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#8    _Only

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Posted 10 April 2012 - 02:42 PM

View PostGoodnite, on 10 April 2012 - 02:17 PM, said:

Fear of the dark is usually not fear of the darkness itself, but fear of possible or imagined dangers concealed by the darkness.

I agree with that completely. I used to shut my eyes when walking through a very dark room out of fear. Why did I do that? Fear of seeing something creeping in the unknown. Funny how I went from that to having absolutely no fear of the dark at all. Seemed to happen overnight.

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#9    Mistydawn

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Posted 10 April 2012 - 03:28 PM

I think that when a baby is born it fears, unless it is surrounded by sights sounds and smells of comfort and love. Parents/adults will try to stimulate the childs senses and entertain them.

However as the child grows, in the stillness and quiet and dark and being alone, the child becomes frightened of the unknown.
It is the fear of being alone with something that is intangible.



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#10    orangepeaceful79

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Posted 10 April 2012 - 04:06 PM

View PostMike G, on 10 April 2012 - 02:40 PM, said:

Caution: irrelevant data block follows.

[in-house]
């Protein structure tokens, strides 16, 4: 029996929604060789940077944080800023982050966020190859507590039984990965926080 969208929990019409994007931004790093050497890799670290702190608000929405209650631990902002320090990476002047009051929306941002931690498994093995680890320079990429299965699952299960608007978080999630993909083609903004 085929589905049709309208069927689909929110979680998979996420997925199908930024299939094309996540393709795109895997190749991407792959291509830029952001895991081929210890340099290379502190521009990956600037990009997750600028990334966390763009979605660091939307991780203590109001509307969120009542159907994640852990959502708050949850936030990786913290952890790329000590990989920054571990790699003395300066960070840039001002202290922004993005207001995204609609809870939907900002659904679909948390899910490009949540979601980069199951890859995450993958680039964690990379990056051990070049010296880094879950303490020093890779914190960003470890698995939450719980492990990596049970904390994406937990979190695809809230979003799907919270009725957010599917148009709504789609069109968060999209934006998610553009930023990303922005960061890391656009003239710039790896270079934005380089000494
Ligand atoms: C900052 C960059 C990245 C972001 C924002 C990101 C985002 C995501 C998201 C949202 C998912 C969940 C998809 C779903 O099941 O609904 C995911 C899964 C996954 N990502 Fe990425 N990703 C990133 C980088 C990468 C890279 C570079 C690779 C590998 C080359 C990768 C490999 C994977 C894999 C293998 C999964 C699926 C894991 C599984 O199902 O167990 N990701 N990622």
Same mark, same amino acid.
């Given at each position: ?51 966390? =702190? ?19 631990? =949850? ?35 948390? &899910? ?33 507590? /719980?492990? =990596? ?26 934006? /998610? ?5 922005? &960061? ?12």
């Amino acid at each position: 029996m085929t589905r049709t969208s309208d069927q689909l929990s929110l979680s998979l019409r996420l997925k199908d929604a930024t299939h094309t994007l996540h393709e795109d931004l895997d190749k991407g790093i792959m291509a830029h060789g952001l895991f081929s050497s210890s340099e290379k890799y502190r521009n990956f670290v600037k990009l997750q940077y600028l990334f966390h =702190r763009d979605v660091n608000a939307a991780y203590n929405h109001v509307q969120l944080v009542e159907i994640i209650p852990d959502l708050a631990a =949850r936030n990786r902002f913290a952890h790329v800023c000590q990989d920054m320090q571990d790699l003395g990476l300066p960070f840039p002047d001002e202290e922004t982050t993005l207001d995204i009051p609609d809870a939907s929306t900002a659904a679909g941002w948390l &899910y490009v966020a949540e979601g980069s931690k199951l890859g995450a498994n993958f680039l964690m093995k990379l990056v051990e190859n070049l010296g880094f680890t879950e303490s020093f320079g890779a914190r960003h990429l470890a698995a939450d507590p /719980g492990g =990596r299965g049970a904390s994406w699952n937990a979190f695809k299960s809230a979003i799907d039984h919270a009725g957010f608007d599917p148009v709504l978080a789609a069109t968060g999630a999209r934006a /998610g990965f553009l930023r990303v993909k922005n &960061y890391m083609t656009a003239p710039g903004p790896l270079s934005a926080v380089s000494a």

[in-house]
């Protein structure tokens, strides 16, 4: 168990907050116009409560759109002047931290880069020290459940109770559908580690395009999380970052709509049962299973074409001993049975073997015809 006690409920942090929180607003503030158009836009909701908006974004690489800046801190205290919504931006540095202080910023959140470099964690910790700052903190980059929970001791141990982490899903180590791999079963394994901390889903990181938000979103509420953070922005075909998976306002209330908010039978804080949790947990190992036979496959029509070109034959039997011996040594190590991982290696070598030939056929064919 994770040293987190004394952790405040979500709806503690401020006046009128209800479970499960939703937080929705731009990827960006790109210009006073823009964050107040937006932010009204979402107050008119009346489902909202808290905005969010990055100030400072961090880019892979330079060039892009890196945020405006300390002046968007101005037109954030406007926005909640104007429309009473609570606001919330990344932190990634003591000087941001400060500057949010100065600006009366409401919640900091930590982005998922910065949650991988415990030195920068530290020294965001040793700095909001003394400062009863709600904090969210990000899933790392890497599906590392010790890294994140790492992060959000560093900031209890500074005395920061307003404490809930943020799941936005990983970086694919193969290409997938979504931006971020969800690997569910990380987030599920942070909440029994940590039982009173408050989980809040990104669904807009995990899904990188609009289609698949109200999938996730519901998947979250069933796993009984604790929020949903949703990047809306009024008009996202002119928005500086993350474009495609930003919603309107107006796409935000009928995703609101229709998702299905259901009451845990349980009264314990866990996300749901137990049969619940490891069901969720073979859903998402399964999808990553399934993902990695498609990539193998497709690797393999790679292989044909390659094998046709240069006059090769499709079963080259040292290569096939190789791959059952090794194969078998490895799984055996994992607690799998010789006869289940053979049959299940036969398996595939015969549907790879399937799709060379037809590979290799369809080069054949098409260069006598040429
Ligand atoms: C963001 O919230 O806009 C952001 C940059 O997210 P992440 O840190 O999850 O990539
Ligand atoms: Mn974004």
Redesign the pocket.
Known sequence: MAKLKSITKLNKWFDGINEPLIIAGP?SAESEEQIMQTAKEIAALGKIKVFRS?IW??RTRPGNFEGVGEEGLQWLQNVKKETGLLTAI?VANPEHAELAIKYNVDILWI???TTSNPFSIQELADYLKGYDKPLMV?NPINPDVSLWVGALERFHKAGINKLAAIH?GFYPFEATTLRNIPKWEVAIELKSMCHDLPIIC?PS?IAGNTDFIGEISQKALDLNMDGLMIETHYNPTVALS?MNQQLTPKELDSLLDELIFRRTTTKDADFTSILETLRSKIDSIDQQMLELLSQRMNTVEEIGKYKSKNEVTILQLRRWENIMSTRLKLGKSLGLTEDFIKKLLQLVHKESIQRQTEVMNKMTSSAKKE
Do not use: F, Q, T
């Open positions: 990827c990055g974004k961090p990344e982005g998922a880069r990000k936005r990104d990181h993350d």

Not to mention the fact that humans are not traditionally adapted nocturnal creatures, so the fact that we have limited visual ability in low light situations does lend a bit of reality to the fact that their might exist predators in the dark concealed that wish to do us harm.
I agree with Mike on this one - possibly a vestigal evolutionary holdover, but exacerbated by factors and influences like TV, Movies, etc?


#11    simplybill

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Posted 10 April 2012 - 07:28 PM

I agree that fear of the dark is probably a learned behavior. I've known people that have true phobias. The parents of those people sometimes also have phobias: in one family I know, the grandfather has had a life-long fear of bridges. Before leaving on a road trip, he'll look at a road atlas to find the best route for avoiding roads that cross bridges. That man's son has a phobia about snakes, and in turn, that man's daughters had a phobia about dogs until they visited my place and saw their cousins playing with my dogs. The idea that there is always something to fear goes from generation to generation, at least in that family's case.
I used to be afraid of snakes until I began catching them with my hands and letting them wrap around my arms. I forced myself to conquer the fear because I just thought it silly for a grown man to let fear dictate his life. I might feel differently if I were to someday step on a rattlesnake.

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#12    KNash

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Posted 10 April 2012 - 08:05 PM